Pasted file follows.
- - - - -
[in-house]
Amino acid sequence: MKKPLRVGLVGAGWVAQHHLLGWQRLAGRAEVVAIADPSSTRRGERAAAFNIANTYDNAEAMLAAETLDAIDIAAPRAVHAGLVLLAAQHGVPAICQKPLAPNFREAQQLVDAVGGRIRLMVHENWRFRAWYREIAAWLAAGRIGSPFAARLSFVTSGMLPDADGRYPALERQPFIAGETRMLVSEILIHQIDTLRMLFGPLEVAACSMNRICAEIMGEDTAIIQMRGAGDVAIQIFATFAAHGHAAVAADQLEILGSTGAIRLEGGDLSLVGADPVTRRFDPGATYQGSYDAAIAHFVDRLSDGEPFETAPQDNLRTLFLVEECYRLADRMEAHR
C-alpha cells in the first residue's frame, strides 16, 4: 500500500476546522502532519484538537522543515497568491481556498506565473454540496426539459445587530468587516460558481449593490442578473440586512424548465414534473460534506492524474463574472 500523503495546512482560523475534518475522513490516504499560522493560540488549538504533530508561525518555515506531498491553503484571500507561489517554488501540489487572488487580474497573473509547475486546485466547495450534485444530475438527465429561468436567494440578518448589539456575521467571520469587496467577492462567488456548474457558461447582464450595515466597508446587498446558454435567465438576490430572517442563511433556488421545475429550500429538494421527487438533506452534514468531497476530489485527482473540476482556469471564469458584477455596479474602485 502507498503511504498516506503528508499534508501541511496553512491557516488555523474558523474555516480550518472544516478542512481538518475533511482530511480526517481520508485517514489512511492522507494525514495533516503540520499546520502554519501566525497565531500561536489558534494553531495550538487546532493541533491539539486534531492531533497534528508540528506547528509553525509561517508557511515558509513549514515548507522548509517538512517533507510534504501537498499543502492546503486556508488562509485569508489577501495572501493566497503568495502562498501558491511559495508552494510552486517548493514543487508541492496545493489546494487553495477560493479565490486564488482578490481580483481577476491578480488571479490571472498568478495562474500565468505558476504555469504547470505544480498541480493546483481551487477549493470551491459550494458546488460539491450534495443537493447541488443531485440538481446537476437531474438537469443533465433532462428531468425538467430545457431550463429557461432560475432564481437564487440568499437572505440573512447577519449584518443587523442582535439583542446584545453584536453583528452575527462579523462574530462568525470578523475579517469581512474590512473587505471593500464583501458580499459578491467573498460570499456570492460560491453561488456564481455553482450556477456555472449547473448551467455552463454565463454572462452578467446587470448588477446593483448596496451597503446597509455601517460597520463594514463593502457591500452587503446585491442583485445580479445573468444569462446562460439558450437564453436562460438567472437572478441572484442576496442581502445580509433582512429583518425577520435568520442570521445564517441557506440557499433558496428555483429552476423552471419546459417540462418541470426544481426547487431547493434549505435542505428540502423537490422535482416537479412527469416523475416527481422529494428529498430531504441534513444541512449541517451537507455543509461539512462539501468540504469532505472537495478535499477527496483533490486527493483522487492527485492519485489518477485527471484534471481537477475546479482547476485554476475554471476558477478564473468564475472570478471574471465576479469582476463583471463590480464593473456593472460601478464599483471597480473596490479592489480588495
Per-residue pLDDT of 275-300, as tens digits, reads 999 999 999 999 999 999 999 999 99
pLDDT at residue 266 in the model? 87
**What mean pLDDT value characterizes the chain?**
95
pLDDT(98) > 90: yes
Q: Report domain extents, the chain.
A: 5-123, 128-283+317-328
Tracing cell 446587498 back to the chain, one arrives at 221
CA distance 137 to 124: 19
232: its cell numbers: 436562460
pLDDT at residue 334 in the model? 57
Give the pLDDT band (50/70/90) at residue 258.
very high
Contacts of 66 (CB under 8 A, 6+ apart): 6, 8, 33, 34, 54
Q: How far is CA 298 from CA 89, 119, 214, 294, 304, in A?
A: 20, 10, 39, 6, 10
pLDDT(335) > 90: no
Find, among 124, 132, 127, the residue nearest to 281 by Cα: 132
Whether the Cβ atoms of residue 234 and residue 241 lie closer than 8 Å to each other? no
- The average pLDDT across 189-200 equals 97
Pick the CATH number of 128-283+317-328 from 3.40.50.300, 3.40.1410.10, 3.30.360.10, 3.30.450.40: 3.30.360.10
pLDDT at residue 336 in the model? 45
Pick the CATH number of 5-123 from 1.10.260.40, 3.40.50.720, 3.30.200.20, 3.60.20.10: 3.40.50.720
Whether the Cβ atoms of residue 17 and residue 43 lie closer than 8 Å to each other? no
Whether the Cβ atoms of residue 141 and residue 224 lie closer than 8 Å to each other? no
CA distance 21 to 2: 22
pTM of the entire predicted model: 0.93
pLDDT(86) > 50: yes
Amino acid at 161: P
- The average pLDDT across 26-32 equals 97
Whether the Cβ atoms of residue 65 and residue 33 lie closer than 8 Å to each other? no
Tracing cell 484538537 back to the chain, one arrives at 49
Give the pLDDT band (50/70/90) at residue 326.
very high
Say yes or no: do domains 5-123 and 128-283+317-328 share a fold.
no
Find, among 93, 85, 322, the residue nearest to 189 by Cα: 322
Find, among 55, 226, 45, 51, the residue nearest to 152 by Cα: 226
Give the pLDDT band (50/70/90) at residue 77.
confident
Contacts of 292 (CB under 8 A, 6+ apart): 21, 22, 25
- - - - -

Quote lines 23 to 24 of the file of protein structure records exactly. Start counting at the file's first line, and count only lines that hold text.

- The average pLDDT across 189-200 equals 97
Pick the CATH number of 128-283+317-328 from 3.40.50.300, 3.40.1410.10, 3.30.360.10, 3.30.450.40: 3.30.360.10